“Whitman students can now spread the word about what they learned so the tribe isn’t such a mystery to outsiders.”

Walking and working on these Native lands, in their own backyard, transformed the students’ perspectives about how they view the landscapes seen from their dorm rooms or from the windshield of their automobiles while driving through the region along HWY 12, I-84 or HWY 11.

“When I drive by these hills and mountains, I of course see

the beauty, but also the cultural value these hills possess,” said Maya Baker-Freid ’17.

Whether getting her feet wet in the Umatilla River, or her hands dirty with soil while learning about traditional foods, Maya regained a notion of wildness that had been absent before this trip.

“I look at how the hills are harvested by the tribes in the same techniques used for hundreds of years. I see a glimpse of that bucolic natural world. There is a labor that goes into the harvesting of their traditional foods. The roots collected are not planted in neat rows and fertilized like modern agricultural practices; instead they are grown through natural processes and picked by a dozen women with their hands.”

Maya did find “that to bring home” in what could help forward her future career. The environmental studies-sociology major spent time during the trip with Alexa Maine, a biologist who is propagating mussels and lampreys in the Umatilla River and its tributaries. Maya felt the work related directly to her courses, so she set up a summer internship with the CTUIR, which she hopes will continue throughout her time at Whitman.

“I knew the trip would be enlightening. Whitman students are largely unaware of the historical significance of who our college is named after, who the CTUIR are, their history, present conservation efforts, and what many of the historical landmarks located around us represent.

“This general lack of knowledge is not what Whitman represents. Students here should be educated on this more extensively.”

Treaty Rock

Whitman has only had a smattering of local Natives attend the college. Feather Huesties ’00 grew up outside Pendleton, Oregon, along the border of the Umatilla Reservation, but believes she was destined to attend Whitman. Feather’s ancestors on her father’s side of the family were interpreters for the 1855 Treaty with the U.S. government that is recognized by Treaty Rock (Pe-wa-oo-yit), a boulder located on the east end of Ankeny Field.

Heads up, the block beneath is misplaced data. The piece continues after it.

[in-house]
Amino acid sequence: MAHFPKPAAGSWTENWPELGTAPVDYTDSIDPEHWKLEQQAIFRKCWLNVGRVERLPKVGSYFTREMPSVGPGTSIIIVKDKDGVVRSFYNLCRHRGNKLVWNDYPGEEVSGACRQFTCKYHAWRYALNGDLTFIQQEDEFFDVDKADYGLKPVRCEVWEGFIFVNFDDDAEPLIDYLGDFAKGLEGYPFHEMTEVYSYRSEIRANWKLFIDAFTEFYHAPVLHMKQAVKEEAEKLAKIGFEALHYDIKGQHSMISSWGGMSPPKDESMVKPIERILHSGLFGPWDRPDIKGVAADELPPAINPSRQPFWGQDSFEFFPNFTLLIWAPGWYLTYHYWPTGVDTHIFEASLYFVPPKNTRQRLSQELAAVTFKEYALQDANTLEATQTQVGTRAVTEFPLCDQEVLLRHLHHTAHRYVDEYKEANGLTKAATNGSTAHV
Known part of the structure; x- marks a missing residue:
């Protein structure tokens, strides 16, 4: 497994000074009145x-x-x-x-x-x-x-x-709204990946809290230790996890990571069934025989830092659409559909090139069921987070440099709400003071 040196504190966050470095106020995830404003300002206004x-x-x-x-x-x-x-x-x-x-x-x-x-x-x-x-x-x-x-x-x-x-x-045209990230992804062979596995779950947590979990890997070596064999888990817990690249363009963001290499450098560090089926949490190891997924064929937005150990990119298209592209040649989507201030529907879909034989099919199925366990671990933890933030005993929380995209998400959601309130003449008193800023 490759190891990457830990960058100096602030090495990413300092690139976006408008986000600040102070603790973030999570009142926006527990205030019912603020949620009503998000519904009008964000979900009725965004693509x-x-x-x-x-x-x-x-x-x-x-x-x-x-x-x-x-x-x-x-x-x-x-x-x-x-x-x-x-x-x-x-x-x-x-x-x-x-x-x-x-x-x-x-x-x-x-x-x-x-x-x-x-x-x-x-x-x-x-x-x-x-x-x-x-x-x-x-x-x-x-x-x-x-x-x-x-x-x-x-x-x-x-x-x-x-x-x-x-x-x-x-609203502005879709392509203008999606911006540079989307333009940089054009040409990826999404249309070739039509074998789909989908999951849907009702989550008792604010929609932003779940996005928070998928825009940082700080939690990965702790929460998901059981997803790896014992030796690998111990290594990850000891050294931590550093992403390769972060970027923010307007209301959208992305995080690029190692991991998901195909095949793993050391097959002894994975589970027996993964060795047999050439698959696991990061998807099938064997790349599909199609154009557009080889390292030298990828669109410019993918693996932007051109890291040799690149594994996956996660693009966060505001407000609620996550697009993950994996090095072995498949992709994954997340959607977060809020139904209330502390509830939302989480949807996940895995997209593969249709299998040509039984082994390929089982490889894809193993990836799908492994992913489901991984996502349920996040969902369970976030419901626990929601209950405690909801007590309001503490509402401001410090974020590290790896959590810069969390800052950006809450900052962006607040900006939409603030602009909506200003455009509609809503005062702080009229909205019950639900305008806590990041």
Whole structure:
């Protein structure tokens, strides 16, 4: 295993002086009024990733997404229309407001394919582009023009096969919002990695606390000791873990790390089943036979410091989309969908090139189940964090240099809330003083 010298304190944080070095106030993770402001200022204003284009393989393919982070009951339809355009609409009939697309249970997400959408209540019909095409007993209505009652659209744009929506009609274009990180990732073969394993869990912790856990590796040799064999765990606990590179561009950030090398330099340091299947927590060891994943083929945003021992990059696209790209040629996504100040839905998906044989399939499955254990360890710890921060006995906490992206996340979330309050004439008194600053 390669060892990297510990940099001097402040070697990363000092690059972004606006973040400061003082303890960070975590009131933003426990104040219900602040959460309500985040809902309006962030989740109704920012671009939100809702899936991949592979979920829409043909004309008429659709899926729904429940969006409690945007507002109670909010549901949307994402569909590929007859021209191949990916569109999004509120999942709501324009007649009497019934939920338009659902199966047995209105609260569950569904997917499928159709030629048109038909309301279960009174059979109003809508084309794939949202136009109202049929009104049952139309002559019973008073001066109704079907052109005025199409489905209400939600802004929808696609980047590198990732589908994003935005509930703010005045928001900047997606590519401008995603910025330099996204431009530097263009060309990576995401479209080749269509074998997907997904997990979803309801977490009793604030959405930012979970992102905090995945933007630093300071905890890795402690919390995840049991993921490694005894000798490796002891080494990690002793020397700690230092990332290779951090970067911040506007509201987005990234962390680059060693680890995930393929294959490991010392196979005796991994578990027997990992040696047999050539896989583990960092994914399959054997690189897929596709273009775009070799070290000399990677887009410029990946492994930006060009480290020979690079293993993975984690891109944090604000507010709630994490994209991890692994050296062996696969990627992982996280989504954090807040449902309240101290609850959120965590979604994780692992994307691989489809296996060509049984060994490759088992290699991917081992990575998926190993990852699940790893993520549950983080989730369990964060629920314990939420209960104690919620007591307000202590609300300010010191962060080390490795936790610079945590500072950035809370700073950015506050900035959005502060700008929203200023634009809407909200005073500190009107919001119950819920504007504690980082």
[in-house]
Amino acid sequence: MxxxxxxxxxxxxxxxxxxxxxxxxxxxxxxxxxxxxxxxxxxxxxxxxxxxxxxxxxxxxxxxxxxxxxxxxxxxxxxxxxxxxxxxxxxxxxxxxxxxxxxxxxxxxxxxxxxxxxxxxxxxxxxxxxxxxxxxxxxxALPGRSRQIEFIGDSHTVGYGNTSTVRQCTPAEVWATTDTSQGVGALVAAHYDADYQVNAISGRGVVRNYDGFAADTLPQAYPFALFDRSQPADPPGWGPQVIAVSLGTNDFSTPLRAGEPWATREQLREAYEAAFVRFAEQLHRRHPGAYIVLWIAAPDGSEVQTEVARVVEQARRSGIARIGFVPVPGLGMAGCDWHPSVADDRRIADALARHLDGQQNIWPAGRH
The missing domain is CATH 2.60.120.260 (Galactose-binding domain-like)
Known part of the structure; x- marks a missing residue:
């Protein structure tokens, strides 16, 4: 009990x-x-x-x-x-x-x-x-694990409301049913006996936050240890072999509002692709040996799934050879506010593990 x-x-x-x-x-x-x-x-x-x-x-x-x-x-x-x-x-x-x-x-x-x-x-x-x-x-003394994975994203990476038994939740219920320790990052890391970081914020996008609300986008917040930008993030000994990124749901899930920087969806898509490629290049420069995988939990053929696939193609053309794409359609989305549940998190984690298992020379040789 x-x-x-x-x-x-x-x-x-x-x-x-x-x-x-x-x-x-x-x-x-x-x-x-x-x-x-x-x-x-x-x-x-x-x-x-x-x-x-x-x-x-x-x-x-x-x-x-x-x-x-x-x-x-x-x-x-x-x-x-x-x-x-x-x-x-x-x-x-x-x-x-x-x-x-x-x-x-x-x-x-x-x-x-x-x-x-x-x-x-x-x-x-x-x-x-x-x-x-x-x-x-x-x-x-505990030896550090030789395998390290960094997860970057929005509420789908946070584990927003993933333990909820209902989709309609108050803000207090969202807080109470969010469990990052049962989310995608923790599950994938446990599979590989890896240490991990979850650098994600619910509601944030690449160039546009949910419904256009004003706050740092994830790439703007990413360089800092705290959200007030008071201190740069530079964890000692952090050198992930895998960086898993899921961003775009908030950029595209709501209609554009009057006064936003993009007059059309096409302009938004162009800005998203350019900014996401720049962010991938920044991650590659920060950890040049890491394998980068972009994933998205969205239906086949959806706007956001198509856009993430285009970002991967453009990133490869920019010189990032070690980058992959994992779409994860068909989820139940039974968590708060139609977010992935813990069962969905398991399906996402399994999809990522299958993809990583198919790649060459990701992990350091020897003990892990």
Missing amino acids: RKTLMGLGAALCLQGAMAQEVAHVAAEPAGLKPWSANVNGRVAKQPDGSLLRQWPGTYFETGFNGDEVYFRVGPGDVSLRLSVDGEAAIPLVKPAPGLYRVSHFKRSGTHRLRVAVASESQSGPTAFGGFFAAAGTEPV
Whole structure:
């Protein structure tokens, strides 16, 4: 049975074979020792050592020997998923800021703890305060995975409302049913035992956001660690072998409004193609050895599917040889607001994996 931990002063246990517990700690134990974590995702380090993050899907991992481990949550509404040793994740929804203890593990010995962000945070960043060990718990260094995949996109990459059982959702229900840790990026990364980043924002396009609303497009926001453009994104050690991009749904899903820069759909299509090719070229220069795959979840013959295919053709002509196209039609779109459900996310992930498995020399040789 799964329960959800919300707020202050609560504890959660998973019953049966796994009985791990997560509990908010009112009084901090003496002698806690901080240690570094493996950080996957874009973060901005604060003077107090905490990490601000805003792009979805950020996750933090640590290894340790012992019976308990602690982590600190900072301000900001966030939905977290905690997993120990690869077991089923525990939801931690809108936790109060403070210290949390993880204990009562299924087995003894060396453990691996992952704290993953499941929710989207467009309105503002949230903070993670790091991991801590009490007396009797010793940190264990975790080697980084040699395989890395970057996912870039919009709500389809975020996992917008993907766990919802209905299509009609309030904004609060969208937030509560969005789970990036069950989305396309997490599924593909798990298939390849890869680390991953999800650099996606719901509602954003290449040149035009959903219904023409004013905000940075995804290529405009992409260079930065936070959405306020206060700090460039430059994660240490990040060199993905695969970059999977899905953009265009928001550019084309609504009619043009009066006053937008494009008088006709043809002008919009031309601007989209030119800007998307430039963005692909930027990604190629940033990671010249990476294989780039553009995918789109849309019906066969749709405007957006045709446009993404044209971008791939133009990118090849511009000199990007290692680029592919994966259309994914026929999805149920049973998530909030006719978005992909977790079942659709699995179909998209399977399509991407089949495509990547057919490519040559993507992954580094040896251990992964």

“My mom would probably say it was the land that chose me,” Feather said.

When Feather was four, her mother and grandmother took her for a walk on campus, and stopped at Treaty Rock. It was here where they told Feather that she was descended from the very people who were displaced by the treaty for which this rock stands, a treaty that confederated the Cayuse, Umatilla and Walla Walla tribes and annexed their people to reservations.

“At that time, the story goes, I declared to my mother and my grandma, ‘I am going to school here.’”

Whitman always held an aura of wonderment for Feather, who now works for the Oregon Department of Transportation’s Office of Civil Rights, in La Grande. She listened to her grandmother’s stories about their family’s relationship with the land on which Whitman sits and her mother often talked about the interesting classes students take at Whitman—“art to astronomy to biology and language and religion.”

Despite her historical connections to Whitman’s acres of earth, Feather didn’t feel as though she belonged when she first started at the school.

“About two weeks in, I remember calling home and telling my mom there must have been some mistake. There is no way I was accepted into this school.”

Feather earned a Presidential Art Scholarship to attend Whitman, but was in disbelief that the vast majority of students in her first-year classes had read books she didn’t have access to while growing up.

“They were able to have these fun discussions and articulate ideas about these texts that I had not yet been exposed to. At the beginning, it was overwhelming, but then I would remember—this is mine.

“Long before this school was ever here, my ancestors lived on this very spot. Long before this institution was ever formalized, my ancestors called this place home. They knew the waterways and they knew where to gather food. And I come from those people. Of course I belong here. When I was able to grasp that—life became better,” she said.

Feather now lives on acreage off Deadman Pass, near Meacham, Oregon. When she walks her land, mutt dog Otty in tow, she carries a sidearm in case she encounters black bears. Onions and the root vegetable couš grow wild on her property. Although she refuses to take credit for bridging the gap between Whitman and the CTUIR, it was a meeting with members of the college’s Student Engagement Center at the Cookie Tree in Pendleton last year where Feather helped spark the connection that led to the spring service trip.

She hopes the trip will lead to a stronger relationship between the two parties, and will trigger storytelling between a future generation of Whitman students and CTUIR members.

“I want everyone to recognize that long before the college was established there was a strong, healthy, beautiful people who inhabited the very same landscape, and that those people had been here thousands of years,” Feather said.